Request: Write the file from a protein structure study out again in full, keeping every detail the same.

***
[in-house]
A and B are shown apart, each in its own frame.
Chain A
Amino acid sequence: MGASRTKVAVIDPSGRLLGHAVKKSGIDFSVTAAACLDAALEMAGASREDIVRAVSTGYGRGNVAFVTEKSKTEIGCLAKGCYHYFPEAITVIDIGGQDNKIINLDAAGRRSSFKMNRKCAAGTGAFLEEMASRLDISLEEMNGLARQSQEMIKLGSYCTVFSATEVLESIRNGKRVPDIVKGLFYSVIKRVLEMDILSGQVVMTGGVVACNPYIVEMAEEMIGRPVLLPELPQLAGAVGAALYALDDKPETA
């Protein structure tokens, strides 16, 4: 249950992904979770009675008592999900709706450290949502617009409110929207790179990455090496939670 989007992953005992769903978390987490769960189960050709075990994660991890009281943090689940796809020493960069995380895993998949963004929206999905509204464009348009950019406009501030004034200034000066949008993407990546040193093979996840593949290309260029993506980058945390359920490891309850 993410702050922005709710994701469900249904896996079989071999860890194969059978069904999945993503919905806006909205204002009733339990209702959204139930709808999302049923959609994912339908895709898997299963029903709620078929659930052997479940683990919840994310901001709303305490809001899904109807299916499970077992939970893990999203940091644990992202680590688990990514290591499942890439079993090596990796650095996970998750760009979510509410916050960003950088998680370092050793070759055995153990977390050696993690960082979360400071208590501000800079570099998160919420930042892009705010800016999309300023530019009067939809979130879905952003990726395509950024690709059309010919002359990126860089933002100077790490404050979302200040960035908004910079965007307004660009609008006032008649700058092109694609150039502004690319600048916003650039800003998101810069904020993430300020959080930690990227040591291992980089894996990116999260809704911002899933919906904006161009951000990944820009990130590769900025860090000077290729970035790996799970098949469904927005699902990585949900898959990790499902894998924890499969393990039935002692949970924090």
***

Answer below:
[in-house]
A and B are shown apart, each in its own frame.
Chain A
Amino acid sequence: MGASRTKVAVIDPSGRLLGHAVKKSGIDFSVTAAACLDAALEMAGASREDIVRAVSTGYGRGNVAFVTEKSKTEIGCLAKGCYHYFPEAITVIDIGGQDNKIINLDAAGRRSSFKMNRKCAAGTGAFLEEMASRLDISLEEMNGLARQSQEMIKLGSYCTVFSATEVLESIRNGKRVPDIVKGLFYSVIKRVLEMDILSGQVVMTGGVVACNPYIVEMAEEMIGRPVLLPELPQLAGAVGAALYALDDKPETA
């Protein structure tokens, strides 16, 4: 249950992904979770009675008592999900709706450290949502617009409110929207790179990455090496939670 989007992953005992769903978390987490769960189960050709075990994660991890009281943090689940796809020493960069995380895993998949963004929206999905509204464009348009950019406009501030004034200034000066949008993407990546040193093979996840593949290309260029993506980058945390359920490891309850 993410702050922005709710994701469900249904896996079989071999860890194969059978069904999945993503919905806006909205204002009733339990209702959204139930709808999302049923959609994912339908895709898997299963029903709620078929659930052997479940683990919840994310901001709303305490809001899904109807299916499970077992939970893990999203940091644990992202680590688990990514290591499942890439079993090596990796650095996970998750760009979510509410916050960003950088998680370092050793070759055995153990977390050696993690960082979360400071208590501000800079570099998160919420930042892009705010800016999309300023530019009067939809979130879905952003990726395509950024690709059309010919002359990126860089933002100077790490404050979302200040960035908004910079965007307004660009609008006032008649700058092109694609150039502004690319600048916003650039800003998101810069904020993430300020959080930690990227040591291992980089894996990116999260809704911002899933919906904006161009951000990944820009990130590769900025860090000077290729970035790996799970098949469904927005699902990585949900898959990790499902894998924890499969393990039935002692949970924090």